Hidden in the most recent version of Chrome is the ability to change its default search engine to a more privacy-friendly option. With the release of Chrome 73, Google has quietly introduced DuckDuckGo as a preferred search option in more than 60 markets including the United States and the United Kingdom. While Google didn't offer much fanfare for the change -- at least in comparison to flagship features like new support for media keys -- the change can be spotted on GitHub. In a note on the code repository site, Google acknowledges that it updated the available search engines based on "new usage statistics" from "recently collected data." In most countries, the list of options also includes Google, Yahoo and Bing.
Google has made a curious addition to its Chrome browser. With the release of Chrome 73, the browser has added the pro-privacy DuckDuckGo to its suite of default search engines, alongside Google, Yahoo, and Bing. SEE ALSO: Stop what you're doing and update Google Chrome As per TechCrunch, the addition was spotted in the changes for Chrome, and the option will be available in 60 markets around the globe. Launched in 2008, DuckDuckGo has been lauded for its privacy focus, hitting 30 million daily searches last October. The search engine doesn't track users, nor does it store their personal information.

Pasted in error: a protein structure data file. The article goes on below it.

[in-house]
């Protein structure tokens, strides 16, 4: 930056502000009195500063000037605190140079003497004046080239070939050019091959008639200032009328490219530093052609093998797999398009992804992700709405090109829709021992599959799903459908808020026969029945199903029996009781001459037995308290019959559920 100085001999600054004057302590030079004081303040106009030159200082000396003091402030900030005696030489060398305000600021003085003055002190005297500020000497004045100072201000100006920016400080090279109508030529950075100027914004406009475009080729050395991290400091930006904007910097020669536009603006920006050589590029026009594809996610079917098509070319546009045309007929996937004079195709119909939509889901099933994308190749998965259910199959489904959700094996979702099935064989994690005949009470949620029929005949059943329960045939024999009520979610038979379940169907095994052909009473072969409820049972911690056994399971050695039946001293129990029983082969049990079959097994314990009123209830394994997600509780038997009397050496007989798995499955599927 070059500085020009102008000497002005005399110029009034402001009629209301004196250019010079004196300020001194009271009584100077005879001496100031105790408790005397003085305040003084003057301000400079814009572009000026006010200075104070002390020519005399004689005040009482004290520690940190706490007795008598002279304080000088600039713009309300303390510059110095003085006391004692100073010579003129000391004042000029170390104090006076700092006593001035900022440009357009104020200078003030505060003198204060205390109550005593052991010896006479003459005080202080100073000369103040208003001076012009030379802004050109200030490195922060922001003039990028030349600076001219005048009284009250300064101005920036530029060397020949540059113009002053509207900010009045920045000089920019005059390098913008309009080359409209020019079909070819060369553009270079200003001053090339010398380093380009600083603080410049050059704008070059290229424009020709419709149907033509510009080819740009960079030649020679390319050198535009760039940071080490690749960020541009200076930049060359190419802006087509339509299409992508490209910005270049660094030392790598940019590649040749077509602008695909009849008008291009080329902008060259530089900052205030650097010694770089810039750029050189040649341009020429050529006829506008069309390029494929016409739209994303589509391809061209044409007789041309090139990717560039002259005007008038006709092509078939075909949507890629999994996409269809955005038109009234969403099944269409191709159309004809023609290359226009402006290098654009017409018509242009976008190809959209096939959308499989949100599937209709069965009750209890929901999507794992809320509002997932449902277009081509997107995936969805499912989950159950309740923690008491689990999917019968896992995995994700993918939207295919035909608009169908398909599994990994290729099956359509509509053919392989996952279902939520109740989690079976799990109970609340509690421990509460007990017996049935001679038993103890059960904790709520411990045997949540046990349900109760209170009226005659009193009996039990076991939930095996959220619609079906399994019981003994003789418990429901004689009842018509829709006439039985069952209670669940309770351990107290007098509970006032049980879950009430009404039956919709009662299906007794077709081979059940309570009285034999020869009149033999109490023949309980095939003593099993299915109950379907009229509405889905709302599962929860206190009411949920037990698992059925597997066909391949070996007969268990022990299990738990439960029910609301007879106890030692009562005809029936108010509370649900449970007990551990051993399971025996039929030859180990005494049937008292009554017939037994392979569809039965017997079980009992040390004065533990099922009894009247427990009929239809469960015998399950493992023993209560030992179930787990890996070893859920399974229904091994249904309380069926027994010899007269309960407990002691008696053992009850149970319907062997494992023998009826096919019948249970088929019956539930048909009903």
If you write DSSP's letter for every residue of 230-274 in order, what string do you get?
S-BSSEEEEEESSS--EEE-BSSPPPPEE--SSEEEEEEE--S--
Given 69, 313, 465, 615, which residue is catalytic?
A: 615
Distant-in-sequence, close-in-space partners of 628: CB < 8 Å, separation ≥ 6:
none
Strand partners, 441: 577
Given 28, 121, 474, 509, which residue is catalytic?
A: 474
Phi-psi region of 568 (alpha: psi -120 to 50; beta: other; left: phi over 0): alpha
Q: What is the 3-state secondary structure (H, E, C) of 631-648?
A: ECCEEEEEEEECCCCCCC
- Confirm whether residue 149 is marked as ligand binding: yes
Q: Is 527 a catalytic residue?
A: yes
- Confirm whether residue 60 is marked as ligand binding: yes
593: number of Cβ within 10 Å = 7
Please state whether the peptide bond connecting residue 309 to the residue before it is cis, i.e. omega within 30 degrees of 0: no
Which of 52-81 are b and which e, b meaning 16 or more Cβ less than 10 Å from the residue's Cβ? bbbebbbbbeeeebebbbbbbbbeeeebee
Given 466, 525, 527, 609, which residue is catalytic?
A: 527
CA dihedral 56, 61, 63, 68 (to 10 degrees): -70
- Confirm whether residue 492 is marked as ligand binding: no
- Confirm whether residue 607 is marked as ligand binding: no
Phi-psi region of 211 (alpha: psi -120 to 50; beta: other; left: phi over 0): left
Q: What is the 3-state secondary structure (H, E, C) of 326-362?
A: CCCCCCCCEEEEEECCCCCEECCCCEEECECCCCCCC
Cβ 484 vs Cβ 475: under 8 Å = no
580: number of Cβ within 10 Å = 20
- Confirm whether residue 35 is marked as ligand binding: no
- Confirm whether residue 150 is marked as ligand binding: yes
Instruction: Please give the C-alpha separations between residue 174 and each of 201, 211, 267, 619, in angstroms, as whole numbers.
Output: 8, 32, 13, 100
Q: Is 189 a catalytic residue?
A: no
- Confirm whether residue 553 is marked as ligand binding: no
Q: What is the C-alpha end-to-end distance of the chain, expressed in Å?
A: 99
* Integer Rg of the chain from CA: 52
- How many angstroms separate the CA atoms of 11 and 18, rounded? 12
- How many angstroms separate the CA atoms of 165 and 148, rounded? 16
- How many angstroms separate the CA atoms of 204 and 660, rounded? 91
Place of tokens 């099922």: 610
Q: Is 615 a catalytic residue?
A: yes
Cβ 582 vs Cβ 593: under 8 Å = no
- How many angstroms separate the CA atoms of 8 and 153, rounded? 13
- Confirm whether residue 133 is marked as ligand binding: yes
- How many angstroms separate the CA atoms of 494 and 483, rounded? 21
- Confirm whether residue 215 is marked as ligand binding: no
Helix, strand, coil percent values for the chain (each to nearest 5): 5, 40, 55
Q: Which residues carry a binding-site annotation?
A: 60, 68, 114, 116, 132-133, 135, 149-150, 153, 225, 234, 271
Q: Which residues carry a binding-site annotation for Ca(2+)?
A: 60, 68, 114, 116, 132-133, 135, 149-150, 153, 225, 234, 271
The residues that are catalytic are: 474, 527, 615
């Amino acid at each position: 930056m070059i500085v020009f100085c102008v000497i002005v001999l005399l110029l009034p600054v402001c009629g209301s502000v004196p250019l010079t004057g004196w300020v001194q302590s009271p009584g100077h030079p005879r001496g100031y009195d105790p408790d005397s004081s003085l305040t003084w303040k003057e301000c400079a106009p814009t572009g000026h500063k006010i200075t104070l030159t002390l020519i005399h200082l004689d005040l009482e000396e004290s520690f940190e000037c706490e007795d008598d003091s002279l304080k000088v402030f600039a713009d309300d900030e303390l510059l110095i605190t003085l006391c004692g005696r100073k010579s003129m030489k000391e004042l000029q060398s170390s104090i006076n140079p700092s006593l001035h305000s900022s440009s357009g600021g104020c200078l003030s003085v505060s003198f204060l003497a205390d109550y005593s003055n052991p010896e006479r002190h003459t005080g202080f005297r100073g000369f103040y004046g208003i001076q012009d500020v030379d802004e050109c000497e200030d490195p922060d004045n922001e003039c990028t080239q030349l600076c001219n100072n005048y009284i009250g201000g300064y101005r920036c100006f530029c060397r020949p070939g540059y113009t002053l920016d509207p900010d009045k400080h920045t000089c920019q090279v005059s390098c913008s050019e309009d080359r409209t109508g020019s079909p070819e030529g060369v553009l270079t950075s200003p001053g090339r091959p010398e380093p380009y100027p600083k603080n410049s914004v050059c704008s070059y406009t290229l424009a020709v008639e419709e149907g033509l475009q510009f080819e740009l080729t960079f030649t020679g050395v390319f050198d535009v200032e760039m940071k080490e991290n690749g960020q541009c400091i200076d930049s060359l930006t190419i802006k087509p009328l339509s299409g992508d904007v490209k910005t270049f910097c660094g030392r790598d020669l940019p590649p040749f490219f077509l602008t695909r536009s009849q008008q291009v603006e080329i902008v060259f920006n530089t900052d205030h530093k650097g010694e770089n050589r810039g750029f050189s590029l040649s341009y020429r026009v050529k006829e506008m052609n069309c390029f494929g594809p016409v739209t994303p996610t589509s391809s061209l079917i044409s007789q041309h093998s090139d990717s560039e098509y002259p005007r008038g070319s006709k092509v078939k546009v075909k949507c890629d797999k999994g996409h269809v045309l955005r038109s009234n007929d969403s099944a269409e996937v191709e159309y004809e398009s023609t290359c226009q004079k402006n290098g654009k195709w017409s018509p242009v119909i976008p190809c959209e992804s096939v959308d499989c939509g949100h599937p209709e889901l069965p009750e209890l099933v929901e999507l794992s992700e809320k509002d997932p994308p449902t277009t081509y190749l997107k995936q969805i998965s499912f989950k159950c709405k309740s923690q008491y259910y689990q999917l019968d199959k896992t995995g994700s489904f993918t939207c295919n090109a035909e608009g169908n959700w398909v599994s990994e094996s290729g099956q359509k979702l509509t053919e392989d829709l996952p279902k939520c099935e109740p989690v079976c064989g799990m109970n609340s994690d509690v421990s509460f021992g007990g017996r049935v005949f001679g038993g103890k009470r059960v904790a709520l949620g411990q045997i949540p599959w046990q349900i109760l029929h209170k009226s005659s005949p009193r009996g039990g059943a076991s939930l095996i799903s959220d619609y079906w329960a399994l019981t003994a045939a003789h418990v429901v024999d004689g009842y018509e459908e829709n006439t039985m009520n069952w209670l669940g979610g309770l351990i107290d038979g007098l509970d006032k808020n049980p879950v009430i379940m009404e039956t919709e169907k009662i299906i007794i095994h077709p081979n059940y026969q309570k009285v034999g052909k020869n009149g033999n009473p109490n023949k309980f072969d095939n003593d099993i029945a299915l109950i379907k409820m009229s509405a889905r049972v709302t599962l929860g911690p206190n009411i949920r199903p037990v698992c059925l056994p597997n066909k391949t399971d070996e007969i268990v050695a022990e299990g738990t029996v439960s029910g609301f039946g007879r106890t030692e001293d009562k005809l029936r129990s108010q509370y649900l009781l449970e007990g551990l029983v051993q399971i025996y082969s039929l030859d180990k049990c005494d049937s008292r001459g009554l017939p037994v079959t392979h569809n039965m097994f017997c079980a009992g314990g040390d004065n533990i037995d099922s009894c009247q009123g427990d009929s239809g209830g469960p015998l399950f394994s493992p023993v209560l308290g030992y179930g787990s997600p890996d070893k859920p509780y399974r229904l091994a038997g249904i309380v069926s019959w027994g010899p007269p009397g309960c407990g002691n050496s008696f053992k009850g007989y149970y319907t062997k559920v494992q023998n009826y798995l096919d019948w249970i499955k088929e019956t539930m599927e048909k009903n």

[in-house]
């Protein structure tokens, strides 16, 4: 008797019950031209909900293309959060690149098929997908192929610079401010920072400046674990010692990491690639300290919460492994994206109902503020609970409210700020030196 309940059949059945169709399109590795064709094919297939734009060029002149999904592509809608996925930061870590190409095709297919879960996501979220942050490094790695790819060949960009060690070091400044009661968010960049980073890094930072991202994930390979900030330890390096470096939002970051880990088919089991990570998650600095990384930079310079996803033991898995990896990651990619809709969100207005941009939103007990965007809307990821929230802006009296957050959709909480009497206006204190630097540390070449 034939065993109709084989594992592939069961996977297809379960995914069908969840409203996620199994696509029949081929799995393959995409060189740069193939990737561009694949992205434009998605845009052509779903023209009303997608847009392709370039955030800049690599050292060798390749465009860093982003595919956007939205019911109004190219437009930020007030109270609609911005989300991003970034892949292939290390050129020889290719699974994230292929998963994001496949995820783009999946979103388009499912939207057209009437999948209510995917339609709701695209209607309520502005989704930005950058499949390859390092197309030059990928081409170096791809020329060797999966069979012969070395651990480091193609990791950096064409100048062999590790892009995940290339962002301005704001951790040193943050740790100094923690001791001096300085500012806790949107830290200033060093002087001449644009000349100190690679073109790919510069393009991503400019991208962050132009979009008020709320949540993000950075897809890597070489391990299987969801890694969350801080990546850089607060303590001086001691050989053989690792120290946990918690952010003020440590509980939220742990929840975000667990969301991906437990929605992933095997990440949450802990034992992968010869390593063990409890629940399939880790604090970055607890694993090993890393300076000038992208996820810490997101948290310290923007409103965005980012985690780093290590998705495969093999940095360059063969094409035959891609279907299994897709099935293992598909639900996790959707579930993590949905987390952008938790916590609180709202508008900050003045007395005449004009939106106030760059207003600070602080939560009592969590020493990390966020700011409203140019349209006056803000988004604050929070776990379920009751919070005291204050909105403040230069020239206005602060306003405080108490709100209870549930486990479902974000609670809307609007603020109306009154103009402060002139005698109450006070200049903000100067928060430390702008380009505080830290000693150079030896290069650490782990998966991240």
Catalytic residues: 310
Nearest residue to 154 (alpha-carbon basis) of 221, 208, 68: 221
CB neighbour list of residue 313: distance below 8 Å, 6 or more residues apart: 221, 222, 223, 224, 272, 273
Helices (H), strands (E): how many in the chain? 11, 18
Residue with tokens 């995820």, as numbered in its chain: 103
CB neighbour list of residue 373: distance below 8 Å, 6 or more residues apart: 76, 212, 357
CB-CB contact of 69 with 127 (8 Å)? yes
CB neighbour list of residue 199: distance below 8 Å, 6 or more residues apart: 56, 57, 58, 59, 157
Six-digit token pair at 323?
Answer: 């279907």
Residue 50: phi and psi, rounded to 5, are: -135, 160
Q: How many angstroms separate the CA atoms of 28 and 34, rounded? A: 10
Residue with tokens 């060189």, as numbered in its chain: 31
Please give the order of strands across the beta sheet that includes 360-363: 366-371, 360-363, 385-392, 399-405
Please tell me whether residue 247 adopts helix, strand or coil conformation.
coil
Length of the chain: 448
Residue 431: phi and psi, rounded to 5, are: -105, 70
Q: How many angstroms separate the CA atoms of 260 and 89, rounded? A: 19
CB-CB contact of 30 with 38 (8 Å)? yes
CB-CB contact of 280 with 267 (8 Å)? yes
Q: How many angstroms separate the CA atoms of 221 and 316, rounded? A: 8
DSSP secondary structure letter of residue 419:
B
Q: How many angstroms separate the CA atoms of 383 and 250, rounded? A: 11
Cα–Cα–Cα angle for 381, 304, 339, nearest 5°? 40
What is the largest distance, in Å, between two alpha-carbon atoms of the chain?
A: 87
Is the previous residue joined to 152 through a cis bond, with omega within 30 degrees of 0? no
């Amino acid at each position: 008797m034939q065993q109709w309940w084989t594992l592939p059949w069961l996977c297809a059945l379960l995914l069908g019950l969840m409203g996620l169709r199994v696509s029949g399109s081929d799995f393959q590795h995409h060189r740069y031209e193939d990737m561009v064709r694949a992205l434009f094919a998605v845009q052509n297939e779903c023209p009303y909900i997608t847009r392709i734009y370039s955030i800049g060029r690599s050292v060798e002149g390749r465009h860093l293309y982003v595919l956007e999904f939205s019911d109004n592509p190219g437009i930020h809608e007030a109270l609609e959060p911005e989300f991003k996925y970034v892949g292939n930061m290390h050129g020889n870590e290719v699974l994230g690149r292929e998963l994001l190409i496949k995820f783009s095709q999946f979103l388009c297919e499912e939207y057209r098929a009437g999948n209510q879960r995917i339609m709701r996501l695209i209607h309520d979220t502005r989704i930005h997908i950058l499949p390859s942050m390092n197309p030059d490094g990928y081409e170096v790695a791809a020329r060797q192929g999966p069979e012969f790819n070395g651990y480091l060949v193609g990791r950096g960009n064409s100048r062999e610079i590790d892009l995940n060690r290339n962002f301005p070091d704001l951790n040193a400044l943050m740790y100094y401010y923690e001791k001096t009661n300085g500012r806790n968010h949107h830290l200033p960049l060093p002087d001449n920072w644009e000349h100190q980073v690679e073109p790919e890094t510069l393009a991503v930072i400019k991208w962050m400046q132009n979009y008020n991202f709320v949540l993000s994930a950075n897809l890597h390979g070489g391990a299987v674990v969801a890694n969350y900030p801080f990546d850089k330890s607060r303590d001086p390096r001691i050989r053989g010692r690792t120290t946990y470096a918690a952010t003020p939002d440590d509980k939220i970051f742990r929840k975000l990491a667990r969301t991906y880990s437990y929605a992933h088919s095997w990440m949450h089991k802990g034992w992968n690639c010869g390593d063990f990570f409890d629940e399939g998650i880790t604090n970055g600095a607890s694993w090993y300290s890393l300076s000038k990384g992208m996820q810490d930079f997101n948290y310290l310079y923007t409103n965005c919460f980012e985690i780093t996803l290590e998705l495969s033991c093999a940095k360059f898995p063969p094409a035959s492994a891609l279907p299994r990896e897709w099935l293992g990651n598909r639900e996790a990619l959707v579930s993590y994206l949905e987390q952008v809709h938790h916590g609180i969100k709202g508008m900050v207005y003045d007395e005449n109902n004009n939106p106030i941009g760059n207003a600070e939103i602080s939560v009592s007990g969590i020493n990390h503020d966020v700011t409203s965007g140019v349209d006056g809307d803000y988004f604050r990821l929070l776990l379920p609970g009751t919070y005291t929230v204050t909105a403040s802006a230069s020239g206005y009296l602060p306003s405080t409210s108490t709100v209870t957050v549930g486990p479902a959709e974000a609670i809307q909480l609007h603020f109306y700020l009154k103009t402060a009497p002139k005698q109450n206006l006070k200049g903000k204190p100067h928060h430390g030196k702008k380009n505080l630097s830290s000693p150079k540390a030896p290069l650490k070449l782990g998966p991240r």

DuckDuckGo, a privacy-focused search engine, achieved a new milestone by performing more than 30 million direct searches in a single day. The company cleared the bar twice this week before dropping slightly below the threshold. In a year filled with privacy scandals at major tech companies like Facebook and Google, DuckDuckGo has experienced rapid growth. Users made about 16 million searches per day in January, and that number will likely double before the end of the year. Despite the steady gains in usage, the search engine's latest record serves as a reminder of just how daunting a task it is to put a dent in Google's dominance.
DuckDuckGo, which is best known for its privacy-focused search engine, has announced a new service that aims to thwart email trackers. Email Protection is now available in beta. Around 70 percent of emails contain trackers, DuckDuckGo notes. These can be used to tell the sender when you opened an email, the device you accessed it with and even where you are when you read it. The company notes that trackers can be used for ad targeting as well.